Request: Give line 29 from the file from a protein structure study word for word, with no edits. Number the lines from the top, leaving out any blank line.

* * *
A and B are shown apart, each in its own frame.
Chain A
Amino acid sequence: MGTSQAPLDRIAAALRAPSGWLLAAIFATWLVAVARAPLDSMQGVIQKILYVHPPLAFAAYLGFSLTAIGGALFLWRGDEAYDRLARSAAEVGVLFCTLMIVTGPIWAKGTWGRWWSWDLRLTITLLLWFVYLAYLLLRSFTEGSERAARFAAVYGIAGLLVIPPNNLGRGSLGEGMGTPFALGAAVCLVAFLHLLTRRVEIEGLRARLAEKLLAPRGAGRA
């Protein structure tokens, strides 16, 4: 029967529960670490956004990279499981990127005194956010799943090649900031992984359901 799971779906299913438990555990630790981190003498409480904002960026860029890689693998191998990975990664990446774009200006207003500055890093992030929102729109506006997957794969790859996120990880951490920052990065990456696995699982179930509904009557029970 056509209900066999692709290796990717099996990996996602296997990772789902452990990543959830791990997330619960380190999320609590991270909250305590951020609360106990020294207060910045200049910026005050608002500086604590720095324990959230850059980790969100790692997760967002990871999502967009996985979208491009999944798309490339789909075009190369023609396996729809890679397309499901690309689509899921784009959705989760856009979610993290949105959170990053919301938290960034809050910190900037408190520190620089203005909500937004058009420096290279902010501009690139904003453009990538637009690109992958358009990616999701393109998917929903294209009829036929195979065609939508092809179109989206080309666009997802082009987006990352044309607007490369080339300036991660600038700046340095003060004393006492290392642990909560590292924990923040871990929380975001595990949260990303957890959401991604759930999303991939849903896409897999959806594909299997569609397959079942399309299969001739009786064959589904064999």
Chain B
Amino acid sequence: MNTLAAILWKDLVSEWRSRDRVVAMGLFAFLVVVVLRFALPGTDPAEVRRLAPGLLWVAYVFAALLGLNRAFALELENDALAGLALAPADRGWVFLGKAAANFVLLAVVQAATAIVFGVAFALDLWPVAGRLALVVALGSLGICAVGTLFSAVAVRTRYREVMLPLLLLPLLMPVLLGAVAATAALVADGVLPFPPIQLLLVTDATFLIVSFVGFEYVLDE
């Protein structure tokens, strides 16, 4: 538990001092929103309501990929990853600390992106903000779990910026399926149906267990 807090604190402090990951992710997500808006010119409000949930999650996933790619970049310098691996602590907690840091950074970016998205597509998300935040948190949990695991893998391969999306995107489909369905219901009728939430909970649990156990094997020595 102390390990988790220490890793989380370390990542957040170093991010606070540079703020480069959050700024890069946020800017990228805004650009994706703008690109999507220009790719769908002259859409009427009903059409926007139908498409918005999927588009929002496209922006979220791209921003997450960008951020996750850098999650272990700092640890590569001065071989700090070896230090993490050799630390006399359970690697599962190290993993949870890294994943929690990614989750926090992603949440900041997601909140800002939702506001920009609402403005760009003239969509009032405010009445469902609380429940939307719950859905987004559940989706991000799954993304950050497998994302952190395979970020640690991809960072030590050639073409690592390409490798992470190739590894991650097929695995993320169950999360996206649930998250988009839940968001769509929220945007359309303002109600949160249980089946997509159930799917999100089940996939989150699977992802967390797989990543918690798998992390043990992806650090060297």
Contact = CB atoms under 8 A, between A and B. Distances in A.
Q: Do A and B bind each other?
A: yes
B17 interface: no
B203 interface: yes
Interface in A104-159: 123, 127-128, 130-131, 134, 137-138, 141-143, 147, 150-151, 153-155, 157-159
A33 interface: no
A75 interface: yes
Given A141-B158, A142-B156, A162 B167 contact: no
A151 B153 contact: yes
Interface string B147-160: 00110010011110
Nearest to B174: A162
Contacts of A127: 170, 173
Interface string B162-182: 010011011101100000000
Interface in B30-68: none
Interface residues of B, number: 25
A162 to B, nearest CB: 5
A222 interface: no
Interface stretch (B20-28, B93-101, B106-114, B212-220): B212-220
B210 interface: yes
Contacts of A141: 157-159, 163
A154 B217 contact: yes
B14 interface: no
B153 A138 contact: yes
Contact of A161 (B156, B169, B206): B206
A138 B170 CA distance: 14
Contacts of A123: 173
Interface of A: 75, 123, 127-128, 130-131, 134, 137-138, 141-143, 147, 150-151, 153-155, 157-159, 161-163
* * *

A154 B217 contact: yes